Q&A with Brigita Puriene
Exclusive Trusted Magazine Q&A with Brigita Puriene, Project Manager @ Ruptela
How could you describe your career path in few words?
I’ve enjoyed managing and being in control of things around me for as long as I can remember – at school, with my family, even within my circle of friends! I plan everything in advance, and I purposefully pursue my goals with these blueprints in mind. Right after school, in my first year of studying economics at university, I received an offer to take up a position as an office administrator at a company that specialized in cash registers and software solutions. Thus, began my journey into the world of IT. After graduating, the shareholders at the company invited me to continue working in this field as a business manager, where I quickly rose up the career ladder to the position of project manager. I worked there for 10 years, taking just a few short maternity breaks. Feeling that my role had become stagnant and that I was ready for an exciting new challenge, I changed employer and began to work as a project manager at a company that delivers innovative custom software development solutions. This work was very dynamic: projects were different every time, and I had the opportunity to work with newly assembled project teams, encounter new technologies, and consult with an ever-changing roster of client-side stakeholders. This experience was invaluable and provided me with a wealth of project management experience. During this time, I developed my skills via the Project Management Professional certificate from PMI and the Professional Scrum Master I certificate from Scrum.org. Now, I’m working as a hardware and firmware project manager in a global telematics company that develops high-quality GPS tracking devices.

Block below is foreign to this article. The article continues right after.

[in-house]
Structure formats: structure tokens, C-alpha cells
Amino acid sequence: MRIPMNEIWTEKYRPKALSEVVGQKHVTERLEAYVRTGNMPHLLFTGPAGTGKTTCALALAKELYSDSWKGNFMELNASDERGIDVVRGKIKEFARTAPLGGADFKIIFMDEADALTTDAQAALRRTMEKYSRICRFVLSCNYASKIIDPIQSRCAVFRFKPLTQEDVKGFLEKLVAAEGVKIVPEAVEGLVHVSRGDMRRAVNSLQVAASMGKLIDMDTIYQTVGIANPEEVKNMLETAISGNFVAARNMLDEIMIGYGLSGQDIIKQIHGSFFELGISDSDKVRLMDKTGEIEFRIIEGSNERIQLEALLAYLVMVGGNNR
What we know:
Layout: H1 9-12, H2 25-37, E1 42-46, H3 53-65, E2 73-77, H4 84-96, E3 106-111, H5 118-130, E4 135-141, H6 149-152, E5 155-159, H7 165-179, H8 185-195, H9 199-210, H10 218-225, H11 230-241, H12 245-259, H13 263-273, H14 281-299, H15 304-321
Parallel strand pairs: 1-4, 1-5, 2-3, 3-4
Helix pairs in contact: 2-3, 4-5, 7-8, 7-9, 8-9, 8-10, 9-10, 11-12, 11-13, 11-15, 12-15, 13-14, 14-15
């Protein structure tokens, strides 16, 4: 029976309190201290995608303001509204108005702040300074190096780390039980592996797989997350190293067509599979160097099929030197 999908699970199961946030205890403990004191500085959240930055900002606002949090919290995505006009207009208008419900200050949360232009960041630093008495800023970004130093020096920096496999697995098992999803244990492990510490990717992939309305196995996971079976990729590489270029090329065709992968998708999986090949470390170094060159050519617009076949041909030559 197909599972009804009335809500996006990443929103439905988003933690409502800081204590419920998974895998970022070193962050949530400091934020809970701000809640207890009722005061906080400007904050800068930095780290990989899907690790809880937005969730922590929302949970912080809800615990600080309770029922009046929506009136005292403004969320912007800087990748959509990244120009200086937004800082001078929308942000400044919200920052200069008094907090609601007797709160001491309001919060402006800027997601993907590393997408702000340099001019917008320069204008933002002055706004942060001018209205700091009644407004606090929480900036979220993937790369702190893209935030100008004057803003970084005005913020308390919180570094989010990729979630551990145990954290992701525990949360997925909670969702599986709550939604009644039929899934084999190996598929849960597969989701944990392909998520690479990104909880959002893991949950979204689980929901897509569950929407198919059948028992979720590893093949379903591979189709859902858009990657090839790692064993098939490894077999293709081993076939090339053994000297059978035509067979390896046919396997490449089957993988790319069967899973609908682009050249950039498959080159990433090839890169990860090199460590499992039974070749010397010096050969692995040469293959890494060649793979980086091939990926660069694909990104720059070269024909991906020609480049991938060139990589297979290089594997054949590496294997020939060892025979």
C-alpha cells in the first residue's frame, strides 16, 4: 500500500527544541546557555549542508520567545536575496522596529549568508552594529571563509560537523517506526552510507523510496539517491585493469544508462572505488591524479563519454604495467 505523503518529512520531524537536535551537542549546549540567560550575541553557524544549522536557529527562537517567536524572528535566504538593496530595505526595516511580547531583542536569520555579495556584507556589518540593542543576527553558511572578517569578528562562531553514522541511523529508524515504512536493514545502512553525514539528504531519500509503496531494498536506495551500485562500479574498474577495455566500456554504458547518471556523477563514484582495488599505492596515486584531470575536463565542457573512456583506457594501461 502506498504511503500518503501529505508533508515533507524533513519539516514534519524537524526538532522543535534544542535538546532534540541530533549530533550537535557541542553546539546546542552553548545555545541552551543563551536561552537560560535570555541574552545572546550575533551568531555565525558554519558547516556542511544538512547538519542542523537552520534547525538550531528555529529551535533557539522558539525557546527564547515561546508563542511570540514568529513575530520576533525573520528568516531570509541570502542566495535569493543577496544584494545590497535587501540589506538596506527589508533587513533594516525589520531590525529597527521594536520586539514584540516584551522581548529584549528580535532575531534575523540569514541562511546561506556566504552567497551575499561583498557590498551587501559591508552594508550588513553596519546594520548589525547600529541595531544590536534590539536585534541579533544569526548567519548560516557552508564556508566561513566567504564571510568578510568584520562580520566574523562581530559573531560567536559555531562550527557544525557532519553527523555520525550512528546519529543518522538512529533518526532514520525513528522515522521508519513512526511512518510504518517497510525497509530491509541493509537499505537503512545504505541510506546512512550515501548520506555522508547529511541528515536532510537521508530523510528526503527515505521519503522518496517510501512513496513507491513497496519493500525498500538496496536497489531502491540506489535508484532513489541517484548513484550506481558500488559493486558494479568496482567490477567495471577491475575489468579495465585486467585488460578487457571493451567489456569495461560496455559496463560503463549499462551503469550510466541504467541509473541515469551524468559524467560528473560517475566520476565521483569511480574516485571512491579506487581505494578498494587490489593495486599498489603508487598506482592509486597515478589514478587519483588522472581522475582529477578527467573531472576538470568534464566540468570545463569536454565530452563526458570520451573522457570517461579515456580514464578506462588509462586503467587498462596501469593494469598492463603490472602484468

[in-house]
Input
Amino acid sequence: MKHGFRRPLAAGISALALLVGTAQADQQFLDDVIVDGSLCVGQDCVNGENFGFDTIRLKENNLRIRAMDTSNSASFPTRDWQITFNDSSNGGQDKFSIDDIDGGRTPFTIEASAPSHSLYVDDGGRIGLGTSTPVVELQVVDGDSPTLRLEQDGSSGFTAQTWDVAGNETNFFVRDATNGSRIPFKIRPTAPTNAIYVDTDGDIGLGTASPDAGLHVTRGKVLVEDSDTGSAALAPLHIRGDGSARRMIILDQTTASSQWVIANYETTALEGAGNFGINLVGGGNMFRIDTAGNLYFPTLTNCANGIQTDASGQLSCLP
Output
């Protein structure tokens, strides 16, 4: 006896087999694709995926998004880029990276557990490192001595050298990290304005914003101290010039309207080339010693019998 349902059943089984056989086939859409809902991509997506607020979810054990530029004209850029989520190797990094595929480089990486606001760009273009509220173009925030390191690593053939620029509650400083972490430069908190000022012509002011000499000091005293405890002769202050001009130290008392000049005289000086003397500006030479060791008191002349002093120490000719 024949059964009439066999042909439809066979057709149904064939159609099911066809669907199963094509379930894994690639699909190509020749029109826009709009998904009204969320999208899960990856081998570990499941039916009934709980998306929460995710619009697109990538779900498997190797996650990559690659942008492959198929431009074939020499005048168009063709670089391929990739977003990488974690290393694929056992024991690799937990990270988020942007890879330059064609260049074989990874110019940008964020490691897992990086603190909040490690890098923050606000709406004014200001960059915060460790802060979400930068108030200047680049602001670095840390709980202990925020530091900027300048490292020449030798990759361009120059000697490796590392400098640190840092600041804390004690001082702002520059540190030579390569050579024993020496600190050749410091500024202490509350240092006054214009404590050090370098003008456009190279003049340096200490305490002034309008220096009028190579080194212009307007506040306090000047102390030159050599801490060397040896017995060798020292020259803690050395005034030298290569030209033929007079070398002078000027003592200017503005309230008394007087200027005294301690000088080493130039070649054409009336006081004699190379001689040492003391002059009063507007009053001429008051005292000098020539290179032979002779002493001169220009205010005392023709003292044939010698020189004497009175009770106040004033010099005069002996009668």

My career path has so far been dynamic and varied, spurred on by my desire to explore and test myself in new areas. The one constant throughout is that I remain as convinced as I was on my first day of work that the role of project manager is my calling.
What was your most challenging experience and has it changed your mindset?
I’m a perfectionist; I’m the person that feels obligated to put in as much effort as possible into everything that I do. I also feel a special responsibility at work towards managers, colleagues, and team members, and I value their time immensely. Because of this, I always want everyone to receive everything exactly when they expect to and with no omissions or lack of quality. This desire to please led to there being a time in my life when I devoted myself to my work, sleeping for four hours per night, working constant overtime, and neglecting my family and my personal affairs. As a result, I was permanently stressed, nervous, exhausted, and unhappy. I realized that I had to do something to stave off burnout and get me out of the rut I was in. A turning point for me was the realization that a good work-life balance is not just desirable – it’s an absolute necessity if you want to stay healthy, maintain energy levels, and perform in a professional environment. I began to take small breaks throughout the day, made time to catch up with my colleagues, and stopped working during my holidays (well, mostly – there are always occasional exceptions!). Since this period, I‘ve become much more comfortable
with asking for help if needed, I understand the relationship between my personal health and my work life, and, most importantly, I make my family relationships and my health a priority.
When you get surprised by an unusual or uncertain context, what do you think?
Our daily lives are full of uncertainty – you never know what’s around the corner. If something occurs that isn’t in my plan, then I first focus on staying calm, clear, and logical, before rethinking with the new facts in mind and launching plan B. Crucially, I’ve learnt that if this doesn’t work and I make mistakes then that isn’t a complete failure. I value the unexpected as an opportunity to learn lessons and to do things better next time.
Based on your experience, what’s the key success factor for a female leader/manager?
In my experience, I would say that female leaders and managers are, on the whole, friendlier, more empathetic, and better communicators. It’s important to lean into these strengths and excel in this area. Paying attention to the needs of team members, listening to each individual, and genuinely caring for and supporting them will both motivate your team and produce positive results for your company. Women are also fantastic multitaskers, allowing them to expertly juggle work responsibilities without neglecting the aforementioned personal touch.